The shoulds of life… They are ingrained in us from an early age and the funny thing about them is that they aren’t even our expectations of life but rather the expectations of others put on us. So we are really stressing ourselves out for other people and their desires, not ours.
Yep, I’m starting off with the bomb for this post… it’s inevitable for this topic and not one that I am willing to sugar coat.
From an early age we have been told by our parents, guardians, authority figures, the media, our friends, etc how to be productive human beings in society and the expectations that are set around us. We are told how to live our lives and what is insisted that we need to do in order to be successful, healthy and most importantly happy beings.
The only problem is that these expectations are not the expectations of ourselves and they may not be what we really want in life. In fact, most of the time they are the demands of others who thrust their opinions and their expectations of themselves onto us! And guaranteed the demands of the others are based on what friends, family members, society, and complete strangers will think of them, not even their expectations for themselves…. It’s a vicious cycle that will perpetually continue unless we make it a point to stop.
So, these shoulds of life… they are pressed upon us at an early age because people have our best interest at heart. Awesome. But when these shoulds become a burden on our mind, our body and our spirit that’s when we need to stop and think about what it is that we truly want.
The shoulds of life make us judgmental of our selves, they make us really hard on ourselves no reason and they are self-deprecating of our spirit. The ego lies in the shoulds and expectations and it is constantly fed every time we judge ourselves for doing something we ought to do rather than what we want to do.
The shoulds of life instill fear into our minds telling us that if we don’t live up to the expectation than we are not good enough, we won’t be loved, and we won’t belong in this world. And if we don’t act upon the shoulds, or do a good enough job (according to who, by the way!?!) then we become shameful of ourselves.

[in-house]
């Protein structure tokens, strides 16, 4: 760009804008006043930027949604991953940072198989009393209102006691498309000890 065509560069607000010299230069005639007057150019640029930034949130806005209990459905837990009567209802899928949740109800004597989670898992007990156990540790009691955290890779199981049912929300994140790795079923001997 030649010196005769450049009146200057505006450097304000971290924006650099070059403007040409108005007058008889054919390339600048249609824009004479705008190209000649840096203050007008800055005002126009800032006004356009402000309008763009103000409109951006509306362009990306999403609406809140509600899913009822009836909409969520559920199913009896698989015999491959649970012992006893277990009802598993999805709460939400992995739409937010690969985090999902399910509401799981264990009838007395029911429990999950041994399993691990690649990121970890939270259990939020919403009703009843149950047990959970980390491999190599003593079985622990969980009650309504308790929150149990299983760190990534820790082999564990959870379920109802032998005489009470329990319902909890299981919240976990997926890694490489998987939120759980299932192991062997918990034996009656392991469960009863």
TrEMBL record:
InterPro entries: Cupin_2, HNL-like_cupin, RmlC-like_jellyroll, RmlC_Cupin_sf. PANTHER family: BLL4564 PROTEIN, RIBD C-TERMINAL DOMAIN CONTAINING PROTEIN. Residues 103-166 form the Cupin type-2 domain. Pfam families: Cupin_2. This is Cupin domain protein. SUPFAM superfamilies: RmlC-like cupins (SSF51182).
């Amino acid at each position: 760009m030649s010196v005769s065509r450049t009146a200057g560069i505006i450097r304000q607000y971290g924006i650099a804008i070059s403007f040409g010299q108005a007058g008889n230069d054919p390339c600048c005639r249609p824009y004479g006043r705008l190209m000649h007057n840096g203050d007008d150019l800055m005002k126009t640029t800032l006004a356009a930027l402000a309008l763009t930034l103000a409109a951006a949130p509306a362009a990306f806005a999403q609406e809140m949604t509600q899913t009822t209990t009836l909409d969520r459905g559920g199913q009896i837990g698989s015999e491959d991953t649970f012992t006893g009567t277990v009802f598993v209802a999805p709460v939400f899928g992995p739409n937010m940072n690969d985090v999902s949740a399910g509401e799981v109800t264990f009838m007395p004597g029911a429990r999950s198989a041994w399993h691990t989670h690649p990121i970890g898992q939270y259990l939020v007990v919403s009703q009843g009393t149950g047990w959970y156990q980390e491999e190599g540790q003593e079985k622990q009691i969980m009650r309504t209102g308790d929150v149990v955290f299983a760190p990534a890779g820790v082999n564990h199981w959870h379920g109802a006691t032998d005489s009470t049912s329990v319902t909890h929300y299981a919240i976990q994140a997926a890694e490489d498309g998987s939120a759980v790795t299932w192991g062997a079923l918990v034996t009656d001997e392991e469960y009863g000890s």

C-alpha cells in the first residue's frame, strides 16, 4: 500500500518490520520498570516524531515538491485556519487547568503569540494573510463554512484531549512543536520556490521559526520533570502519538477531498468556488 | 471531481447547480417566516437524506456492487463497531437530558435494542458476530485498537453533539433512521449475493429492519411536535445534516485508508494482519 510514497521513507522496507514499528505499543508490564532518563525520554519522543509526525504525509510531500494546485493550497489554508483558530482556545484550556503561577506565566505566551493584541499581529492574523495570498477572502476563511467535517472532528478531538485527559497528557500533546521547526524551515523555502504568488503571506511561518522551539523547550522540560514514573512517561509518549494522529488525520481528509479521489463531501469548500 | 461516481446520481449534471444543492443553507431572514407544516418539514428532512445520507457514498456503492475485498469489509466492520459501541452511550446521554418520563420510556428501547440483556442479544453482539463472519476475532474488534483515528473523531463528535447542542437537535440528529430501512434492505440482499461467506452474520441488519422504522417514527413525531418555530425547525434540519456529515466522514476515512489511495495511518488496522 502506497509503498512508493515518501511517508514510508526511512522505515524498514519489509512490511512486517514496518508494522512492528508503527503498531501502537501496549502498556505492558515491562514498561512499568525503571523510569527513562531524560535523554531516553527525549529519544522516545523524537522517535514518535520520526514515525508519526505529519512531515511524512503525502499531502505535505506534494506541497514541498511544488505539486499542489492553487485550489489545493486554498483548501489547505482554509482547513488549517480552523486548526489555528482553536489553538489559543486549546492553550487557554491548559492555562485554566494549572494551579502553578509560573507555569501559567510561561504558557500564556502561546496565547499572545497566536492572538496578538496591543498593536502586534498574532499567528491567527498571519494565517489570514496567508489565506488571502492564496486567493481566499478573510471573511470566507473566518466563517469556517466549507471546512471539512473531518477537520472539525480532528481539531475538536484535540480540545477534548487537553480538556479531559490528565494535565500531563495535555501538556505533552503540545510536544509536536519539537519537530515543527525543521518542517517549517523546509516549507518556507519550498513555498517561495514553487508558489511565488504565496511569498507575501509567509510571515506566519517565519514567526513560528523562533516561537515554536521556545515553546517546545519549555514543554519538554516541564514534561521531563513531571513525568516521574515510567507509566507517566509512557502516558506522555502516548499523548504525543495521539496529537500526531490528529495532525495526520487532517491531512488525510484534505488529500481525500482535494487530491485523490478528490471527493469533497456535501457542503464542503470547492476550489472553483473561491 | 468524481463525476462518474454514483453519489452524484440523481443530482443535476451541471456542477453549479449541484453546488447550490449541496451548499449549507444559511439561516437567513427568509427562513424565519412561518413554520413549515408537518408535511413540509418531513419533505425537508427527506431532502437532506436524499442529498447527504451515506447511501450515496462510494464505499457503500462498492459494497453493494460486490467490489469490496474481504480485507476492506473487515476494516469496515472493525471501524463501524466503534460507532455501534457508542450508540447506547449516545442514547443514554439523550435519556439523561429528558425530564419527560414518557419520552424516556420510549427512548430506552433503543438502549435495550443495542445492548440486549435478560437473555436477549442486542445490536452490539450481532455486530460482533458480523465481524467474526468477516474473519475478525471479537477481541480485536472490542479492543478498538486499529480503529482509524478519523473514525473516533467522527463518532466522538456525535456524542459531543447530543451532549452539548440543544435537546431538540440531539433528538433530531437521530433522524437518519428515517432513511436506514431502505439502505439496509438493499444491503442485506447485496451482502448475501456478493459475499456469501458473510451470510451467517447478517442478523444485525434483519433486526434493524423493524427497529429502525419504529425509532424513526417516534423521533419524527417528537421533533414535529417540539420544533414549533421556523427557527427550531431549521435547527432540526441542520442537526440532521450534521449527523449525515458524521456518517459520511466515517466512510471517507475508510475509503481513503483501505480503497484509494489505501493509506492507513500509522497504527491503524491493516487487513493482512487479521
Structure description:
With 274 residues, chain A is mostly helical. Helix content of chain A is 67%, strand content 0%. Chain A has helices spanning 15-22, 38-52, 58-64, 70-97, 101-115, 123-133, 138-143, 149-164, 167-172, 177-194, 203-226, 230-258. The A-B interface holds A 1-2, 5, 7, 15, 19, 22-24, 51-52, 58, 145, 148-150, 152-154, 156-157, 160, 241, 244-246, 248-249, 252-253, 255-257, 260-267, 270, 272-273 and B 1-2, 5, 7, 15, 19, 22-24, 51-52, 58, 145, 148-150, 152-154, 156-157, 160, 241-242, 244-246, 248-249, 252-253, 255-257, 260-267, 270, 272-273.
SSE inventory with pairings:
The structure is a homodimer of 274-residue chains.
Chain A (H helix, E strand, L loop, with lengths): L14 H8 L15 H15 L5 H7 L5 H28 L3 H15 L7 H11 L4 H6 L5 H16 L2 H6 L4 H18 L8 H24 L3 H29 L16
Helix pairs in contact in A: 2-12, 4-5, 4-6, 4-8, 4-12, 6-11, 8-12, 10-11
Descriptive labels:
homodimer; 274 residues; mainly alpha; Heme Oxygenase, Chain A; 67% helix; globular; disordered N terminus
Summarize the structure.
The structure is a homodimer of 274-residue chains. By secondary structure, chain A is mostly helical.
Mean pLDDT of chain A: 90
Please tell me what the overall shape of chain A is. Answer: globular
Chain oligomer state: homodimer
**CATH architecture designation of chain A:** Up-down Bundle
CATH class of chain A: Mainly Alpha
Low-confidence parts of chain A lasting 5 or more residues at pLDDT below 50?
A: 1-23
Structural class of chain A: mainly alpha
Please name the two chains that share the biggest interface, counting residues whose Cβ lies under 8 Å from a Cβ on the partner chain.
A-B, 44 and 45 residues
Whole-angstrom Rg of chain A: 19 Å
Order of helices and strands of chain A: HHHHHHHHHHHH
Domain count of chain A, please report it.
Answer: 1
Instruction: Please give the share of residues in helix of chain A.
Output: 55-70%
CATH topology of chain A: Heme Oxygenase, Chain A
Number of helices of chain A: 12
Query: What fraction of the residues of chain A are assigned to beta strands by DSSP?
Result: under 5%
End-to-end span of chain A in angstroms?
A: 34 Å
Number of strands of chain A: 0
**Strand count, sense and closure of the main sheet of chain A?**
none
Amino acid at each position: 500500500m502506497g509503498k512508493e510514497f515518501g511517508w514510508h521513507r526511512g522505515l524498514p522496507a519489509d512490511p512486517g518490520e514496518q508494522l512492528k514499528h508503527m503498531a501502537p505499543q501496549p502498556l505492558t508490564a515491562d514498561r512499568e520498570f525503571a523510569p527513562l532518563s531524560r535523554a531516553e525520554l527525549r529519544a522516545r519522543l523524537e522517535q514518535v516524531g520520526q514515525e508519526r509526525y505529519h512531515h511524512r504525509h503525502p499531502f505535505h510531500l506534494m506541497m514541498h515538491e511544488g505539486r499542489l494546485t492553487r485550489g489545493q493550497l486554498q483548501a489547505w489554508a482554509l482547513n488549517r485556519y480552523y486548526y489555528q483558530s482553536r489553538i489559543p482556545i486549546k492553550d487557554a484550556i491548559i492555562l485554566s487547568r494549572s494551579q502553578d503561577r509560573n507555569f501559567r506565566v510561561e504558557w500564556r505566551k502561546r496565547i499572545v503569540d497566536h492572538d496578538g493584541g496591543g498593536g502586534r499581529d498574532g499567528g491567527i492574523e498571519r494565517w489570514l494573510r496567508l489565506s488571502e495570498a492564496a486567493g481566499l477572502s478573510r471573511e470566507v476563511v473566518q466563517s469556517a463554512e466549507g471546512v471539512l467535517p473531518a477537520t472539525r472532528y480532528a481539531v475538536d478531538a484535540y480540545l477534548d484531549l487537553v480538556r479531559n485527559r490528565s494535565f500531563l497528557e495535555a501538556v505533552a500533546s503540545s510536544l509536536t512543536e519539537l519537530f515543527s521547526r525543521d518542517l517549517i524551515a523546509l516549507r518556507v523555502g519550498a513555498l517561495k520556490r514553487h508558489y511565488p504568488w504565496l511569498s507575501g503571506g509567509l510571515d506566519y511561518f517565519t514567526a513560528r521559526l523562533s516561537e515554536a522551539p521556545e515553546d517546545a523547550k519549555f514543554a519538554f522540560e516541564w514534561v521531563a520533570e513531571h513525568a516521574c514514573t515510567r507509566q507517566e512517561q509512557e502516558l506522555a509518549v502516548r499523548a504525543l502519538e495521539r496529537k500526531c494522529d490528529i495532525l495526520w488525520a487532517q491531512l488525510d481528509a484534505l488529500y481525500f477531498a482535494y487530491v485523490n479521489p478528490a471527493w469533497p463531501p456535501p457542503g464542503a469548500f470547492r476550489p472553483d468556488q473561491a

Being shameful about your self is worse than self-judgment. Having shame is saying that there is something wrong with who you are and a connectedness to your inner self; you are disappointed about something inside of you and are continually telling yourself that you are not good enough.
This is a serious issue here, folks. The shoulds of life are self-deprecating, they kill the spirit slowly… and we’ve been doing this since we can remember!
We have been shoulding all over ourselves for a long time and I reckon it’s time to think about what it means to have a life we want versus a life we should have.
We all have family members or people in our lives that force their demands on us based on what they think is best for us or even worse, what others will think of them if you choose a life outside of what is expected of you.
“What will the extended family think that you want to have a baby outside of wedlock!?”- “What will I tell people that you no longer are pursuing your career as a doctor and are deciding to travel the world for a year!?” - “ How will your grandparents react when I tell them that you are no longer seeing that person?! It will break their heart!”
How do we break this cycle, you ask!? Start living your life the way you want to without judgment of self, without fear,
For the longest time, I thought about how I should have the model figure body shape. Knowing that I was bigger than a size 2 – hell I’m at size 10/11, there is no way I will ever be a size 2- and knowing that I’ve got some extra meat on my body and I was OK with how I looked, the shoulds of what my body should look like kept creeping up: You shouldn’t have as much fat on your hips; your thighs and ass are way too big to wear shorts… I should go to the gym and workout more often; none of the guys who I think are hot want a girl with curves, so I’ll lose as much weight as I can to seem skinner and they won’t notice my curves as much, that should get them to notice me more (Note: when I lost a lot of the weight, my curves stood out even more! I’ve got a tiny waist and big hips… I couldn’t deny what I was given and slowly started to accept that part of me).
Once I started to accept this part of me and quiet down the chatter of the shoulds of what my body ought to look like, I started to accept my body and appreciate that I’ve got curves; by accepting this part of me I was accepting and loving myself more and more. I started to realize the potential of my life even more so.
*written on February 2, 2014